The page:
Simultaneous techniques: Part 3 - a case study


Following my previous article about late, simultaneous and pre-emptive initiative, I thought I'd examine a real-life civilian defence encounter caught on video between a person obviously trained in boxing facing multiple attackers.

Given the argument that "late initiative isn't as effective/important as simultaneous or pre-emptive initiative", I thought I'd count the number of times the late, simultaneous and pre-emptive initiative were used and also note the circumstances in which the strategies were employed.

If my theory is right, the initial part of an attack is going to occur in what I have called the melee range. It will initially feature late initiative because the defender will, to some extent, be surprised by, and responding to, the aggression (he won't be initiating the aggression). This will be despite the fact that the defender knows from an early stage that a fight is likely; not being the aggressor means he will not launch the first attack, hence he will be "second cab off the rank" and "playing catch-up" - at least initially.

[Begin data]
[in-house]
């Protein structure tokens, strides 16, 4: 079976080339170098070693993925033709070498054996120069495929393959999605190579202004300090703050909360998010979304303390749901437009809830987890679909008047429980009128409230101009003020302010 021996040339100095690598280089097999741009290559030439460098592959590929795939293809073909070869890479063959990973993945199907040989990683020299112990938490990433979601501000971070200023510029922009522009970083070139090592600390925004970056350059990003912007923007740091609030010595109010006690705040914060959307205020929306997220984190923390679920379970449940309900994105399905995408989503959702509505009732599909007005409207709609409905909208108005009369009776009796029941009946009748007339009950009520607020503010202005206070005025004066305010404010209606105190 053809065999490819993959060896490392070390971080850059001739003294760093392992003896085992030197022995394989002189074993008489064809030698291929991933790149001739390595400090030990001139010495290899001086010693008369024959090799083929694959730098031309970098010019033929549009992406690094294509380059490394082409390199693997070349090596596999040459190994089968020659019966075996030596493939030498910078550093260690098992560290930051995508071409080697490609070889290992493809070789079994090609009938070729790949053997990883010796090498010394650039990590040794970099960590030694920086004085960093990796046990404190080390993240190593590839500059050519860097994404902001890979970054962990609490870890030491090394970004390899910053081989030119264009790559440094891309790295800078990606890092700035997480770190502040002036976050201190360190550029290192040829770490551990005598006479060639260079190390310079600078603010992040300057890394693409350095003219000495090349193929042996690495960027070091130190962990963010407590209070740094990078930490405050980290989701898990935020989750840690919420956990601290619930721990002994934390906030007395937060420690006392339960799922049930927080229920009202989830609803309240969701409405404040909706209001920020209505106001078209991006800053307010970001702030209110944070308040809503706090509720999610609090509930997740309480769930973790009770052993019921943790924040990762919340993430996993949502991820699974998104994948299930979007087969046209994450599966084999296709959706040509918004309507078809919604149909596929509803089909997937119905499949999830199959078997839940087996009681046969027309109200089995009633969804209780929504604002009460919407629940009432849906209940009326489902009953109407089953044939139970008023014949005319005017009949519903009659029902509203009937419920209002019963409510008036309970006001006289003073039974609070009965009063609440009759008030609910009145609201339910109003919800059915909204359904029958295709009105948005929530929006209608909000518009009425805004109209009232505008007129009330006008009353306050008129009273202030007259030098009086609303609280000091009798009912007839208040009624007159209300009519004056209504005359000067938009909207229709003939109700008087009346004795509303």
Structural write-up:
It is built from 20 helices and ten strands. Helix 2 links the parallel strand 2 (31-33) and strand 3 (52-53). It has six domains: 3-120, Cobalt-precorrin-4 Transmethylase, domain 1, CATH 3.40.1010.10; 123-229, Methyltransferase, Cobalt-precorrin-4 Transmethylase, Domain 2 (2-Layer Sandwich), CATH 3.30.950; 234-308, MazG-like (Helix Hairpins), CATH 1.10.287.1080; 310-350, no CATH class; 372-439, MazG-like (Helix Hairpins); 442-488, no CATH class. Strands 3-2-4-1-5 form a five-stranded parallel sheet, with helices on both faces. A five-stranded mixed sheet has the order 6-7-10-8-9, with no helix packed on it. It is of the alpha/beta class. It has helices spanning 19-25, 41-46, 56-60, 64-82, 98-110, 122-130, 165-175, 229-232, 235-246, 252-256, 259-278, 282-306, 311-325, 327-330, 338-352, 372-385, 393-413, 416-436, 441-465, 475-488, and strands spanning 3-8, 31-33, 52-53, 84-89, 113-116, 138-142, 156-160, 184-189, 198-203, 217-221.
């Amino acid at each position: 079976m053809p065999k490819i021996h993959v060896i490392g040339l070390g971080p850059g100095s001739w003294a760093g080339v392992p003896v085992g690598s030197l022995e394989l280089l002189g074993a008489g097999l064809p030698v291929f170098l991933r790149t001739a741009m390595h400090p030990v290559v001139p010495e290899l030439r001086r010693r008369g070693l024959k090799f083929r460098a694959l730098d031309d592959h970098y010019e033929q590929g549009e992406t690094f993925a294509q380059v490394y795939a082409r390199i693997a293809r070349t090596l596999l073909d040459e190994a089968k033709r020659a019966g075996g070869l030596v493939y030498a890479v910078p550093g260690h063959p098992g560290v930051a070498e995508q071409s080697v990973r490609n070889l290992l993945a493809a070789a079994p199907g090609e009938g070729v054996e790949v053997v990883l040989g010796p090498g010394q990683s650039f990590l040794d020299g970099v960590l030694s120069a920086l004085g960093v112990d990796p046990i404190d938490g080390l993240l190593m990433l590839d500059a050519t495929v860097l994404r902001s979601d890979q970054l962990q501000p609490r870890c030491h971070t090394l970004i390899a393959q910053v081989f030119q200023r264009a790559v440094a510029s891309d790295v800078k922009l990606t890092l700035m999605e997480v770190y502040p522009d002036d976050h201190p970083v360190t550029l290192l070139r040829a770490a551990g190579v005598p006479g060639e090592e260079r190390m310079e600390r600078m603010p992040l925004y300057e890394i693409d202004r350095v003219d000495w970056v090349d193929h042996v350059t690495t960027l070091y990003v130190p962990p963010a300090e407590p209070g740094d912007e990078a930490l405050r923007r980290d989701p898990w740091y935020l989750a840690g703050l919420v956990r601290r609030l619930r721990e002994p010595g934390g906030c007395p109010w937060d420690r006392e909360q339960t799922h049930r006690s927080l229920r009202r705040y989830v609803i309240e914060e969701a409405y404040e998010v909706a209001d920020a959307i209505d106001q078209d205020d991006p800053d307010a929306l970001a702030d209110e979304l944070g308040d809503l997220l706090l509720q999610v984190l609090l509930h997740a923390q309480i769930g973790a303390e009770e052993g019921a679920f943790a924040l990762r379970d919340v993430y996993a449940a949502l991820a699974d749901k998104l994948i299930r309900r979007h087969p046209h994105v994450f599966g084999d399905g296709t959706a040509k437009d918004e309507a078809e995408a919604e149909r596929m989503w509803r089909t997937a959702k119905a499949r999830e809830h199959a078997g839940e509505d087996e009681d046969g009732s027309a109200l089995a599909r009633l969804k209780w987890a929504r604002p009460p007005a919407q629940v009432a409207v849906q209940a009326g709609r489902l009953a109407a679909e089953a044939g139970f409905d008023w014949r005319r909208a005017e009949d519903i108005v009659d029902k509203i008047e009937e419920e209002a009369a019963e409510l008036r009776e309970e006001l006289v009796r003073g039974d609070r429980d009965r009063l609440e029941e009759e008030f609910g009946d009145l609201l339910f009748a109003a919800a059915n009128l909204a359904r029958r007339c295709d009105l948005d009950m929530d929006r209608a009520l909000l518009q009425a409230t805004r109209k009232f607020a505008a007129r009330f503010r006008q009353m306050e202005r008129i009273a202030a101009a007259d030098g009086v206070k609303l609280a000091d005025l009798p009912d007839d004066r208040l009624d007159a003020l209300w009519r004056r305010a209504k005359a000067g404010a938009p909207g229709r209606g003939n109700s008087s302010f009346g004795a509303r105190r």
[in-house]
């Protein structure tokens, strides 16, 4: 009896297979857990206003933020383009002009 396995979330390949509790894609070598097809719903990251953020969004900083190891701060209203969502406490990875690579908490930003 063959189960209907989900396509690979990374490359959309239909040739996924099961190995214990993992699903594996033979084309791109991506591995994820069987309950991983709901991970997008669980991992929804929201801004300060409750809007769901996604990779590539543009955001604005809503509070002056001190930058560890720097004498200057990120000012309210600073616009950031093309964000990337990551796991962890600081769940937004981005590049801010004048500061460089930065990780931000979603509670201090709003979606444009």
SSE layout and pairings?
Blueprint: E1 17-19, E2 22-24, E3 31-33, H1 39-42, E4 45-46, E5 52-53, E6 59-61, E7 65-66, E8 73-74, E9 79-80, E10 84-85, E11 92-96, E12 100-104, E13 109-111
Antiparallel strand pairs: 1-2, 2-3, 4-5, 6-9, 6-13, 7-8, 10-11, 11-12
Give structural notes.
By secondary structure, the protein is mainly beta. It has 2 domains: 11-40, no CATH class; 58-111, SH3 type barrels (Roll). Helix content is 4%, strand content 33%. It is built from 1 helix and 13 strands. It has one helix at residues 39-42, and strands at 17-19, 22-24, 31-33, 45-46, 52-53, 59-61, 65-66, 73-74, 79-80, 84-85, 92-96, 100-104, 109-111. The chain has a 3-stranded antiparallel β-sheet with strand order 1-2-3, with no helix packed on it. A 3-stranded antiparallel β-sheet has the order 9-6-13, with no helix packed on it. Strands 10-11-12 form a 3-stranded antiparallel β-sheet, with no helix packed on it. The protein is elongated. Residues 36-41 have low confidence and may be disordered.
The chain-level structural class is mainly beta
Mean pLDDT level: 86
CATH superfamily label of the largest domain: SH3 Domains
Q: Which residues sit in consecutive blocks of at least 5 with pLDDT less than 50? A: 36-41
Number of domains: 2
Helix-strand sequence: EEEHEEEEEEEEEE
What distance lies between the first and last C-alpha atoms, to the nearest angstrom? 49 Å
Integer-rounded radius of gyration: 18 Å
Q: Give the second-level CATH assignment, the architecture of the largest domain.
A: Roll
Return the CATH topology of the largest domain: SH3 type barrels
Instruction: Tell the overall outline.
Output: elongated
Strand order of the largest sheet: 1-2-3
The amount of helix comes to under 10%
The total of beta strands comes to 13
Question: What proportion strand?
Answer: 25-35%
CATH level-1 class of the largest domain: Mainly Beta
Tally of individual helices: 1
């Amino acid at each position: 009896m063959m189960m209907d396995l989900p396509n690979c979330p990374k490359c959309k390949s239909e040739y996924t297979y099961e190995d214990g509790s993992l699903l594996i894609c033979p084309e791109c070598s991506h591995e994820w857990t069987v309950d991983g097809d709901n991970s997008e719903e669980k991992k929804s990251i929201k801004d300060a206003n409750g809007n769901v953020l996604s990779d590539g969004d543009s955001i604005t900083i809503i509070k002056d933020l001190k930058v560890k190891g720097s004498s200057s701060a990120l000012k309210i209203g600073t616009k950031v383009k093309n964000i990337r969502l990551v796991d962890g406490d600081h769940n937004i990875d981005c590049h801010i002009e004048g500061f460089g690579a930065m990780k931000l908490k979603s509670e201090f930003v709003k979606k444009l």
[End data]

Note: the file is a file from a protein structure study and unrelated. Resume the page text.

While I wouldn't expect a boxer to use traditional "karate-style blocking", I would expect to see late initiative in the form of evasion and perhaps some parrying (which is how karate blocks should be applied anyway).

As the defender gains some control and puts himself outside the melee range he should then be able deal with his opponents in a more simultaneous or pre-emptive way.

A video of a boxer defending himself against a group of attackers

Attack 1

After an initial push and shove, the defender starts back-pedalling. The first punch is then thrown. At this point the defender and his attackers are still in close quarters - the melee range. The defender evades the punch by moving backwards so that the punch lands relatively harmlessly on his shoulder.

Note that apart from a token pushing action, he is not trying to counter attack at this point: he is simply too overwhelmed.

Comment: This is a case of late initiative and not simultaneous or pre-emptive initiative.

Attack 2

Against the second punch he again uses an evasion - this time a duck or weave. The attacker is clearly in the melee range when the attack commences.

Comment: This is a case of late initiative, not simultaneous or pre-emptive initiative.

Attack 3